A Review of the Election Process at Annual Meetings

Posted On: March 27, 2012 , By Laura Manning-Hudson


Thumbnail image for Laura Manning HudsonSpring is typically the time of year when condominium associations hold their annual meetings and elections. While many areas of the Condominium Act defer to association's governing documents, the laws governing the board member election process are black and white and must be strictly adhered to. It is imperative that an association follow the election process exactly as it is detailed in the statute in order to avoid the possibility that the entire election be invalidated after a challenge.

Of course, the process begins with the proper notices. The first notice of the annual meeting and election must be distributed to the owners no later than 60 days prior to the date of the annual meeting and election, and the second notice must be sent out no later than 14 days prior to. Failure to adhere to these deadlines could render the election invalid. The notices must include the annual meeting date, time and location. The first notice must also provide the deadlines for owners to submit their notices of intent run for the board. An owner desiring to be a candidate for the board must submit their notice of intent 40 days prior to the election, failing which, their name cannot be included on the ballot. For those owners who submit notices of intent to be a candidate, the statute provides that they may submit a resume at least 35 days before the scheduled election.

For the election itself, the process detailed in the statute is exceedingly clear. In order to maintain the owners' right to privacy, the owners should place their actual ballots sealed inside of an inner envelope that is marked "Ballot Only." That inner envelope should then be placed into an outer envelope that has the owner's name, unit number and signature.

meeting vote.jpgIn order to have the election (i.e., open and count the ballots), at least 20 percent of the membership has to cast a ballot. After counting the envelopes cast and verifying that the 20 percent threshold has been met, volunteer members who are not related to anyone running for the board should be appointed to open the envelopes and count the votes. These volunteers should first open the outer envelopes and separate inner "Ballot" envelopes. Then the inner envelopes should be opened and separated from the ballots before counting the votes. It is actually not a problem if there is no inner envelope, as owners are allowed to waive their right to privacy for their vote. However, the outer envelope with the name, unit number and signature is absolutely imperative or the ballot cannot be accepted.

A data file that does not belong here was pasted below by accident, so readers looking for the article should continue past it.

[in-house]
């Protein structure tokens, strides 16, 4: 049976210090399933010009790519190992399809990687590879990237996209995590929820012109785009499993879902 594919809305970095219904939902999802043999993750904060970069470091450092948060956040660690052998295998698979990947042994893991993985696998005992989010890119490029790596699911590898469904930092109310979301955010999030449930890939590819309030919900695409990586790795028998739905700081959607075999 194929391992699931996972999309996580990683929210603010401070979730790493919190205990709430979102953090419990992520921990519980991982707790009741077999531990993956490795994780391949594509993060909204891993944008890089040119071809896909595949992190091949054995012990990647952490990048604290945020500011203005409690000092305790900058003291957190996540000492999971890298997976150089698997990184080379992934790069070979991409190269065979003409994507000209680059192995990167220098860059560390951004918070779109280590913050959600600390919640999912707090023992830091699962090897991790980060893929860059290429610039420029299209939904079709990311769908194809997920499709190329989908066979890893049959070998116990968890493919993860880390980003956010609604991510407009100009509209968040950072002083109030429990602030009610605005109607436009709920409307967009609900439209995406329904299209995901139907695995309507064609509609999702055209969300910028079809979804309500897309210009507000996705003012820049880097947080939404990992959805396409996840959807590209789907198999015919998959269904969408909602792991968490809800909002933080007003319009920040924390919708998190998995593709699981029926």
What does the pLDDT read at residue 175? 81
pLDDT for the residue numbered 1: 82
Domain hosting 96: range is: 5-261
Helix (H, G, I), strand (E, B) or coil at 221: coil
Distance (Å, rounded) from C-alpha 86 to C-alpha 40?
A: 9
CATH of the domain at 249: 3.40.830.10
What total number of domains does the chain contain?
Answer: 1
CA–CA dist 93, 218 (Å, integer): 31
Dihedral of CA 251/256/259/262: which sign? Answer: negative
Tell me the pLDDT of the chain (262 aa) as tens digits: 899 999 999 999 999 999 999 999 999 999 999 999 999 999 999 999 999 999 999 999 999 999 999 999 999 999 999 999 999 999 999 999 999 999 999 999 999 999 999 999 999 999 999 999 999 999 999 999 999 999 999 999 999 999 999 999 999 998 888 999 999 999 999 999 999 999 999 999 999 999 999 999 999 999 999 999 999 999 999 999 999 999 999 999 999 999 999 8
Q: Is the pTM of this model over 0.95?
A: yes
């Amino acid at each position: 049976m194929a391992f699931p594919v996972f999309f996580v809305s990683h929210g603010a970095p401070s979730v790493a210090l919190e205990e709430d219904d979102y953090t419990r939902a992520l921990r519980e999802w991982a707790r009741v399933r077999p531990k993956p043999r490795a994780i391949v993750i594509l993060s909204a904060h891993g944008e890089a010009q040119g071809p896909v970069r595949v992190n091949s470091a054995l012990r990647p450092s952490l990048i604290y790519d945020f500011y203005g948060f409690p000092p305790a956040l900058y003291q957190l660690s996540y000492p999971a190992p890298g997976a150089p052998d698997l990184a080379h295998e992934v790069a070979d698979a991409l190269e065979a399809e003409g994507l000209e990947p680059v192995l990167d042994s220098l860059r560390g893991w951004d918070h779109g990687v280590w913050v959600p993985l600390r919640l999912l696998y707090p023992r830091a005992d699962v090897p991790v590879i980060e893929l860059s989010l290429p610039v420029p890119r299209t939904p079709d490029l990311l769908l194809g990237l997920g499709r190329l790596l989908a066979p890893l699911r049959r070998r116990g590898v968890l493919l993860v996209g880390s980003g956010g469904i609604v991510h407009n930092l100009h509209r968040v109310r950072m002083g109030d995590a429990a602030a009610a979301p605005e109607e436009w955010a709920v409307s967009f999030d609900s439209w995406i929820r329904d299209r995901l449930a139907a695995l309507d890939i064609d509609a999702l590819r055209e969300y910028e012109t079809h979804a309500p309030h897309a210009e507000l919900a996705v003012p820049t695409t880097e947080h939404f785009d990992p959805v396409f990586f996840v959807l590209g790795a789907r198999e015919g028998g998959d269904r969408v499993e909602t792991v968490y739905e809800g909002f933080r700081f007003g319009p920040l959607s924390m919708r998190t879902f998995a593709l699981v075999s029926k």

It is generally recommended by most experienced community association legal counsel to have the association's attorney attend the annual meeting to verify that every facet of the election process is followed to the letter. For condominium associations that may not have their attorney attend any other board meeting through the course of the typical year, they would be well advised to have their attorney attend and certify the annual meeting and election. Also, keep in mind that new board members are now required by the State of Florida to attend an approved board member certification course or submit written verification to the association secretary within 90 days of being elected or appointed. Our firm regularly conducts complimentary Board Member Certification seminars and webinars, and we encourage new board members to contact us or visit our firm website for more information or to RSVP.